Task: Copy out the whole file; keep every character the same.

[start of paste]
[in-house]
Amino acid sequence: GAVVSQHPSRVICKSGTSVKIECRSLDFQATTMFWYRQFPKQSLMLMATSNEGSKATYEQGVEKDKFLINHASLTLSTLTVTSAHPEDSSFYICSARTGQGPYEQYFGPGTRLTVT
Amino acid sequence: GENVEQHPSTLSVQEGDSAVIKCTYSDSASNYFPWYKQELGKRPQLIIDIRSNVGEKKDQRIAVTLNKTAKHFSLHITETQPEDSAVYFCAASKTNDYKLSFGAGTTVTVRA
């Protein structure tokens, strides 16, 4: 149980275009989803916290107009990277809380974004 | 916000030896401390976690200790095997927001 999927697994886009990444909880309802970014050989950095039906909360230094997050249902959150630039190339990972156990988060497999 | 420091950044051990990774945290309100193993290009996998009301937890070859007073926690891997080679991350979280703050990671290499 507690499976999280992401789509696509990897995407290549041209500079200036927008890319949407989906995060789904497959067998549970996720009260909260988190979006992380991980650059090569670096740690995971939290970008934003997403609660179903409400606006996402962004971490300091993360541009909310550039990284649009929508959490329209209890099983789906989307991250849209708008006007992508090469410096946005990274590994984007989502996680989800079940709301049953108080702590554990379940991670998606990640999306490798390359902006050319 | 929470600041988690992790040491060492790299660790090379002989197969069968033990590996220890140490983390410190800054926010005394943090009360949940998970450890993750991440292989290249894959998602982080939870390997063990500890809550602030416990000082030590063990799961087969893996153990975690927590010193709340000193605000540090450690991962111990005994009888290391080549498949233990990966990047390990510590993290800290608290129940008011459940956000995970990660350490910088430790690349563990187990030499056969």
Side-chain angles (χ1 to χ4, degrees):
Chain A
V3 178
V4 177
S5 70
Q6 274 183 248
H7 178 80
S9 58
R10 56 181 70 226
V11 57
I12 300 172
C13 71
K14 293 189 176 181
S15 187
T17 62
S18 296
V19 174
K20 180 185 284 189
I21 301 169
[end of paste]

[in-house]
Amino acid sequence: GAVVSQHPSRVICKSGTSVKIECRSLDFQATTMFWYRQFPKQSLMLMATSNEGSKATYEQGVEKDKFLINHASLTLSTLTVTSAHPEDSSFYICSARTGQGPYEQYFGPGTRLTVT
Amino acid sequence: GENVEQHPSTLSVQEGDSAVIKCTYSDSASNYFPWYKQELGKRPQLIIDIRSNVGEKKDQRIAVTLNKTAKHFSLHITETQPEDSAVYFCAASKTNDYKLSFGAGTTVTVRA
């Protein structure tokens, strides 16, 4: 149980275009989803916290107009990277809380974004 | 916000030896401390976690200790095997927001 999927697994886009990444909880309802970014050989950095039906909360230094997050249902959150630039190339990972156990988060497999 | 420091950044051990990774945290309100193993290009996998009301937890070859007073926690891997080679991350979280703050990671290499 507690499976999280992401789509696509990897995407290549041209500079200036927008890319949407989906995060789904497959067998549970996720009260909260988190979006992380991980650059090569670096740690995971939290970008934003997403609660179903409400606006996402962004971490300091993360541009909310550039990284649009929508959490329209209890099983789906989307991250849209708008006007992508090469410096946005990274590994984007989502996680989800079940709301049953108080702590554990379940991670998606990640999306490798390359902006050319 | 929470600041988690992790040491060492790299660790090379002989197969069968033990590996220890140490983390410190800054926010005394943090009360949940998970450890993750991440292989290249894959998602982080939870390997063990500890809550602030416990000082030590063990799961087969893996153990975690927590010193709340000193605000540090450690991962111990005994009888290391080549498949233990990966990047390990510590993290800290608290129940008011459940956000995970990660350490910088430790690349563990187990030499056969």
Side-chain angles (χ1 to χ4, degrees):
Chain A
V3 178
V4 177
S5 70
Q6 274 183 248
H7 178 80
S9 58
R10 56 181 70 226
V11 57
I12 300 172
C13 71
K14 293 189 176 181
S15 187
T17 62
S18 296
V19 174
K20 180 185 284 189
I21 301 169